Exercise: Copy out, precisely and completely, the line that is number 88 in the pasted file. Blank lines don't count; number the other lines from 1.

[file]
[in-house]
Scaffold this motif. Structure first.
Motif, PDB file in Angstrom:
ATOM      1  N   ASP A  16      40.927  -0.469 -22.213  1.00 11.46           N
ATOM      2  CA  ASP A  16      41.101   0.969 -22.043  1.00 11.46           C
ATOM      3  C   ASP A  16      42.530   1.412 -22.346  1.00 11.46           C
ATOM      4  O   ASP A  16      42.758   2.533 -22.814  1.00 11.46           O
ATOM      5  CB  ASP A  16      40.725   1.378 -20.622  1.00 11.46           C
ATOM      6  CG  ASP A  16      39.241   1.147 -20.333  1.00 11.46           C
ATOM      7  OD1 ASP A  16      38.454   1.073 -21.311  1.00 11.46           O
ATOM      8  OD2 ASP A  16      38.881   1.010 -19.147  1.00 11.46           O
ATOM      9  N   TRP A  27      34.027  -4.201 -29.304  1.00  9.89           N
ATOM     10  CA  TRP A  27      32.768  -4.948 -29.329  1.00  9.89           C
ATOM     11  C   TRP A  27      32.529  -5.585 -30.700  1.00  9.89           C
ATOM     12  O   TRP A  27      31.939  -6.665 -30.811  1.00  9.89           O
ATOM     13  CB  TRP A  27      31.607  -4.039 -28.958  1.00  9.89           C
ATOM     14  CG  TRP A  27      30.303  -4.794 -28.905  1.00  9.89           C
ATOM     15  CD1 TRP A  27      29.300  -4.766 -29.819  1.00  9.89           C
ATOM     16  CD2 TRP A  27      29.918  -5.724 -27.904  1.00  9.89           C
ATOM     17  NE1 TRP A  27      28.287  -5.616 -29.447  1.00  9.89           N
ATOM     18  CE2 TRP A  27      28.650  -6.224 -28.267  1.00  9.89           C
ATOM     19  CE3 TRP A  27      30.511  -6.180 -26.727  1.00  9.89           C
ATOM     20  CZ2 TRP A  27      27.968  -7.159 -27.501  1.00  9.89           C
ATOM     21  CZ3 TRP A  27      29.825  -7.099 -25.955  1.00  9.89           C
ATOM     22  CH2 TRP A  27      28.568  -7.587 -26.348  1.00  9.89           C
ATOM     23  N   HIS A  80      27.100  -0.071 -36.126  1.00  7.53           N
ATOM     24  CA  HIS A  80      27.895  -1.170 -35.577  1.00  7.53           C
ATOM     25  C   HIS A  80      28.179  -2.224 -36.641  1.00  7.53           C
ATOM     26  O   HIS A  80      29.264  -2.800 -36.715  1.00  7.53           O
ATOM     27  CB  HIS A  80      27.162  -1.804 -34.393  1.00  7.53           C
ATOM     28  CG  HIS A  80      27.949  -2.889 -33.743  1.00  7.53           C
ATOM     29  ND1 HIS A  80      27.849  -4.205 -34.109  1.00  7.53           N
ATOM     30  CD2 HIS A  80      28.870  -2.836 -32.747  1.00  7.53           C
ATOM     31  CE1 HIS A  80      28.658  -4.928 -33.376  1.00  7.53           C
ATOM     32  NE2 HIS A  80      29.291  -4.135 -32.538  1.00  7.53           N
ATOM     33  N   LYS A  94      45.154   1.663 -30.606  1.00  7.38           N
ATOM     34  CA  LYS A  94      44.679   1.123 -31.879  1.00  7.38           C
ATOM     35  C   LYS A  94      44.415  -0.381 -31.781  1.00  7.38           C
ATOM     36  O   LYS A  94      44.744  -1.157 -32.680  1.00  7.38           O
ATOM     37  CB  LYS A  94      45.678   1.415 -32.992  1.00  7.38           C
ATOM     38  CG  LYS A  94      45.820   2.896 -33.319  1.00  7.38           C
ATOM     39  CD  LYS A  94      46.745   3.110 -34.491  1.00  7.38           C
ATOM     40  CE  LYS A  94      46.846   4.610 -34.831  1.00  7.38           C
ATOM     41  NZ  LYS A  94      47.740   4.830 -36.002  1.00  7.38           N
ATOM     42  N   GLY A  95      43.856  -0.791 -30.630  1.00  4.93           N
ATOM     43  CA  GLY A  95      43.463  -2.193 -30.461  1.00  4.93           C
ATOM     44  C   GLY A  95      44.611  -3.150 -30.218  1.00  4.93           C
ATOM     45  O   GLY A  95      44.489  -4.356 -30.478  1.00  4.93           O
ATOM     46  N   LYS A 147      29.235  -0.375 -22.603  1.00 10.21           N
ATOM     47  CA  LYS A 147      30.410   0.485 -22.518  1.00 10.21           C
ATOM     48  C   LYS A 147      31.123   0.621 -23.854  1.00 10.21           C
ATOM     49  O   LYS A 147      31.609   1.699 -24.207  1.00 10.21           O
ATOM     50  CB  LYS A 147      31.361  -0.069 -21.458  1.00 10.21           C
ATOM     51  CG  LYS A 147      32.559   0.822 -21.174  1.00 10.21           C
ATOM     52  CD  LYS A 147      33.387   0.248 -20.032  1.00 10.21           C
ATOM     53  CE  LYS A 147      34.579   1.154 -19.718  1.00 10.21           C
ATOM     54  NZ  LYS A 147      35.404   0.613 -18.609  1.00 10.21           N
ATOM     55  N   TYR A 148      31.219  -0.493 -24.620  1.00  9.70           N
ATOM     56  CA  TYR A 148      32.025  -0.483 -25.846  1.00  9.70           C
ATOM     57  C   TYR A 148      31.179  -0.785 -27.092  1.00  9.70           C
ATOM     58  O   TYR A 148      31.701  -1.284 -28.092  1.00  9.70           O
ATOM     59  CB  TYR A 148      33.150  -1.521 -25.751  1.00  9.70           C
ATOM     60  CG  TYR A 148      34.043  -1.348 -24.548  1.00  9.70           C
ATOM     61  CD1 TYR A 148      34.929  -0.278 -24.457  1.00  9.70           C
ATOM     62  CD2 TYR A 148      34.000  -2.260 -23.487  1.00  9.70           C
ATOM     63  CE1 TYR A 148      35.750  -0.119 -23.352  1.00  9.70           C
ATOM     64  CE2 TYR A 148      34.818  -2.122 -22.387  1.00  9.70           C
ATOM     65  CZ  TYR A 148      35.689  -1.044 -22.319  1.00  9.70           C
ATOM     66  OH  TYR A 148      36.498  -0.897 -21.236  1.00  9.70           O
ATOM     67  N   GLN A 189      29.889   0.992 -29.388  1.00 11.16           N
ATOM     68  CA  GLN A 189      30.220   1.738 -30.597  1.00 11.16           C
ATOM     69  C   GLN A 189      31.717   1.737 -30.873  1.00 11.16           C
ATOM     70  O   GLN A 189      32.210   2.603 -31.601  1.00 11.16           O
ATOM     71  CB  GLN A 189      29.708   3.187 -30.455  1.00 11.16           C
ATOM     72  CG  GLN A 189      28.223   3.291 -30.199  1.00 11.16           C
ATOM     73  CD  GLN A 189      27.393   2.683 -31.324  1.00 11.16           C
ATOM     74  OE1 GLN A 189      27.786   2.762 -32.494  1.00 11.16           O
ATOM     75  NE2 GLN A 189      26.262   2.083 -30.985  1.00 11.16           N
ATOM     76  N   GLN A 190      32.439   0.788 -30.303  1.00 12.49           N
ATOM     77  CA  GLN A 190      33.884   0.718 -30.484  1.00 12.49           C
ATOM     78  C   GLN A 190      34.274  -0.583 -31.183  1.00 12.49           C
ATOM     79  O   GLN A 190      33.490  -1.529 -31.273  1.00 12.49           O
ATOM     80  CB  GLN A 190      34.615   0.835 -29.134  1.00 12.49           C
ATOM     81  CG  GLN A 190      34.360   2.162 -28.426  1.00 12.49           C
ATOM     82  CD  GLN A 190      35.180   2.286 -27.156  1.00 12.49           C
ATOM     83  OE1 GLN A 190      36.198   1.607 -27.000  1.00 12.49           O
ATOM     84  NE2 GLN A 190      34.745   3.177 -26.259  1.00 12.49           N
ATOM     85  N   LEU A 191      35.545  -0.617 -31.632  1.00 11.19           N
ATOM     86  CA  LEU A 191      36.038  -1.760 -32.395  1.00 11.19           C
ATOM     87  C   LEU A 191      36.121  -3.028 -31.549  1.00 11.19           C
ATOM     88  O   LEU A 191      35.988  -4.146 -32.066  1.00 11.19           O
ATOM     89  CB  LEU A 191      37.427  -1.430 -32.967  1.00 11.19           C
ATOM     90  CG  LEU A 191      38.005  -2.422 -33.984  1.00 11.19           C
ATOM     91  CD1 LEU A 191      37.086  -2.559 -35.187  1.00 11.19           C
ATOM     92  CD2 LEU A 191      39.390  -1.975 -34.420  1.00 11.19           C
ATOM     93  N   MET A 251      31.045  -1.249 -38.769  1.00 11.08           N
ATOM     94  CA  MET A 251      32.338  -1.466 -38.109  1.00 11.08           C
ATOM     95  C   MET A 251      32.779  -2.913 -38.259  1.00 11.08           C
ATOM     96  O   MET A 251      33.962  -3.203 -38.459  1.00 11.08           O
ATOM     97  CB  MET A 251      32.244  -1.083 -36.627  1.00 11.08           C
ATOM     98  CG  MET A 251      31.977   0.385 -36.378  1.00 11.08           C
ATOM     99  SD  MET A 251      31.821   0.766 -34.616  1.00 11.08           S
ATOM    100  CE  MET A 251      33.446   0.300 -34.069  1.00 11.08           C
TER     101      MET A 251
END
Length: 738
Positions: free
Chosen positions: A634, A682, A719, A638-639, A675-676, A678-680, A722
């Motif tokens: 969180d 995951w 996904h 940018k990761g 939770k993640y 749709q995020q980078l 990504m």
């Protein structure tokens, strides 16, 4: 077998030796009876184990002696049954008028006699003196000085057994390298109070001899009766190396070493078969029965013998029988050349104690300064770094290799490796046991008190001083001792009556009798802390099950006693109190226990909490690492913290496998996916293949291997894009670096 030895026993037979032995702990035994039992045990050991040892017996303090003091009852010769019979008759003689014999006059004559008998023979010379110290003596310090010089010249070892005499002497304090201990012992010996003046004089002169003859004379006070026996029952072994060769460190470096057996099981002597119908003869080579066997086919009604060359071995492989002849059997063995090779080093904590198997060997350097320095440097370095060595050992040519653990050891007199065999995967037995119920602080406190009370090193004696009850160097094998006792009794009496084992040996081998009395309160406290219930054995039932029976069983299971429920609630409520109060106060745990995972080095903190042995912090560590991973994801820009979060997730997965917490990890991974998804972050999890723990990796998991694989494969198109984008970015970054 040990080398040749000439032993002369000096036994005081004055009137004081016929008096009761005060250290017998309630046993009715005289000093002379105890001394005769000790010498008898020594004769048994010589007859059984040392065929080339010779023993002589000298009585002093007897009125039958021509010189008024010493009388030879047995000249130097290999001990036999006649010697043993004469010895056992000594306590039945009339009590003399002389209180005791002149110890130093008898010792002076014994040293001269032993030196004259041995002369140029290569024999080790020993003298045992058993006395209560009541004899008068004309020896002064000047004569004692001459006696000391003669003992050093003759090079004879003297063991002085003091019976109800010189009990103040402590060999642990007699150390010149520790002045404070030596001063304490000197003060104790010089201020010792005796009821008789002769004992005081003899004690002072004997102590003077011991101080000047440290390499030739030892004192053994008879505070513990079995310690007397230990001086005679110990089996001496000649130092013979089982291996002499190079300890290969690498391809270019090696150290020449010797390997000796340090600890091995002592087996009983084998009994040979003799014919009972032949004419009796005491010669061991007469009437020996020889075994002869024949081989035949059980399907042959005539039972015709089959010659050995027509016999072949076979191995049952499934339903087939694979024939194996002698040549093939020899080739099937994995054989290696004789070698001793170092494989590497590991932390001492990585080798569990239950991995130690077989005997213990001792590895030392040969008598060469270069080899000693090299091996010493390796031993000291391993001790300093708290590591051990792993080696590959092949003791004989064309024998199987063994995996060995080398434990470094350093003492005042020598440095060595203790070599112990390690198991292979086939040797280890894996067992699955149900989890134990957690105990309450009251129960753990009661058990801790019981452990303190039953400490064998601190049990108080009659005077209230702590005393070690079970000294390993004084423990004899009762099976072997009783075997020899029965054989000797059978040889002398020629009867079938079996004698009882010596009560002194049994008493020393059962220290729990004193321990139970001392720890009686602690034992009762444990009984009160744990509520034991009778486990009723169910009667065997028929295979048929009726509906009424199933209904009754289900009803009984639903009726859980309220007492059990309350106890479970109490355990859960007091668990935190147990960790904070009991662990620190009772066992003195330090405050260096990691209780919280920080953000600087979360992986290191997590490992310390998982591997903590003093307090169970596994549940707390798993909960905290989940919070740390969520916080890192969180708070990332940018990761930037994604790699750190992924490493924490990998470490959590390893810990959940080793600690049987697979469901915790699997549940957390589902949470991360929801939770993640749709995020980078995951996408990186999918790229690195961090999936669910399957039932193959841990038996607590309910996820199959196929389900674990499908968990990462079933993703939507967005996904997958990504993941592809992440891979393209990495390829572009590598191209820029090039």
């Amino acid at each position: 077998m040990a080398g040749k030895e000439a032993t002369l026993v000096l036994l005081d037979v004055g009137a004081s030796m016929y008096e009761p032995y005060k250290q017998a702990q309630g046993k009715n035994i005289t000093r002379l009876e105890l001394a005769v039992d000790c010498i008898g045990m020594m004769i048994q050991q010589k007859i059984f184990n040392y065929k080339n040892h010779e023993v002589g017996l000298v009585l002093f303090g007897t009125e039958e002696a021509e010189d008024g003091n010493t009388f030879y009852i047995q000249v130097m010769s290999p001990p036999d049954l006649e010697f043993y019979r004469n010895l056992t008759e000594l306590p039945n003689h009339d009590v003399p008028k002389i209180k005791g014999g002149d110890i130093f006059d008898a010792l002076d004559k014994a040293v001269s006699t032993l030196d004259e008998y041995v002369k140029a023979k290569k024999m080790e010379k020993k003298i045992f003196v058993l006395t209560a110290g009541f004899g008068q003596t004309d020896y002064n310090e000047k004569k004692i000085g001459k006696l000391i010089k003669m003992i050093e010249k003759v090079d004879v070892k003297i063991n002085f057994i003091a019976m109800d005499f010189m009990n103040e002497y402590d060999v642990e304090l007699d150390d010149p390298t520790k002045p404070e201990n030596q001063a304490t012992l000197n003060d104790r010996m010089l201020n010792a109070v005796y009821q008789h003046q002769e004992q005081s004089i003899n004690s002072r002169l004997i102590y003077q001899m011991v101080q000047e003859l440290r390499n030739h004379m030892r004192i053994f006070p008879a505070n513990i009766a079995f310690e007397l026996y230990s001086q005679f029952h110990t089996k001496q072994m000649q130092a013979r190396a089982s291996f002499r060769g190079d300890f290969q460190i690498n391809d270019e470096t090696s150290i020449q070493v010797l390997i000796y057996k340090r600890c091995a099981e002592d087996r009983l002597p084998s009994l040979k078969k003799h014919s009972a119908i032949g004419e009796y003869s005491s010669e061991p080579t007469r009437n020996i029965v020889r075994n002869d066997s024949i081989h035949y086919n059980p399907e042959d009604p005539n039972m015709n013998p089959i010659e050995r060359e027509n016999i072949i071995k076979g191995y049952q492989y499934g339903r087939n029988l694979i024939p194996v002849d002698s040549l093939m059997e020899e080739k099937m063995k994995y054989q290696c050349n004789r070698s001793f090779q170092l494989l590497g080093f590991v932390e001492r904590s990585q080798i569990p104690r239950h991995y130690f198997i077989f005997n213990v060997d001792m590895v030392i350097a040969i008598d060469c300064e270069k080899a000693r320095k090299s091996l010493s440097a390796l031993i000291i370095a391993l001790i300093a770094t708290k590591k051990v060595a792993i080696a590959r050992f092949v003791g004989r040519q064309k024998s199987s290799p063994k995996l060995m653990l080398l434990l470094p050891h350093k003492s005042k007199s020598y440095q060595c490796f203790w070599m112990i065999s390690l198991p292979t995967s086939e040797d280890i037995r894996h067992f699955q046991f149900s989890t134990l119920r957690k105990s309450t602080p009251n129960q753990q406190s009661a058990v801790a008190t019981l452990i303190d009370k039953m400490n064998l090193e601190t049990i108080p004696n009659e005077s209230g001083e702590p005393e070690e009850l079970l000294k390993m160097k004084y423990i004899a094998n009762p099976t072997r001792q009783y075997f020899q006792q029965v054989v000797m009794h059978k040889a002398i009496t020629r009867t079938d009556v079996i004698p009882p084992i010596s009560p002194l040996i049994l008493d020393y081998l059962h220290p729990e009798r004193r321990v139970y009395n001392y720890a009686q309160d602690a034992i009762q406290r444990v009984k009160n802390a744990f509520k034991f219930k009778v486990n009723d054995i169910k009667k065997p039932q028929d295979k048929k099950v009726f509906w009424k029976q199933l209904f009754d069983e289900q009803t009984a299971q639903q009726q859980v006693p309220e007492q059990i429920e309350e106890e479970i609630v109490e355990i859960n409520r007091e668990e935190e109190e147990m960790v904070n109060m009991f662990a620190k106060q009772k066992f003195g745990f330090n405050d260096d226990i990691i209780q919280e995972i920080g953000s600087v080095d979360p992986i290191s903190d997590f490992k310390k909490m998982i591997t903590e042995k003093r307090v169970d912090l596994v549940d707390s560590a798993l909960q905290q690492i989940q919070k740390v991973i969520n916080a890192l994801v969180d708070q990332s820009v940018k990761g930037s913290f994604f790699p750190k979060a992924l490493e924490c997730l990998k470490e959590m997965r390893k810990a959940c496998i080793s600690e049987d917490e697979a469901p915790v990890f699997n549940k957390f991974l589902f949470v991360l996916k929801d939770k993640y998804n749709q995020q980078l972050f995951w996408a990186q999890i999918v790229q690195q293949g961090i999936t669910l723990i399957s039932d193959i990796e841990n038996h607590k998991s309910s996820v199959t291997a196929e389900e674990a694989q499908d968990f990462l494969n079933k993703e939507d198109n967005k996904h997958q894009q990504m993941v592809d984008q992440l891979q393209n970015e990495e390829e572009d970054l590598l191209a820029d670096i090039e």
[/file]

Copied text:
ATOM     85  N   LEU A 191      35.545  -0.617 -31.632  1.00 11.19           N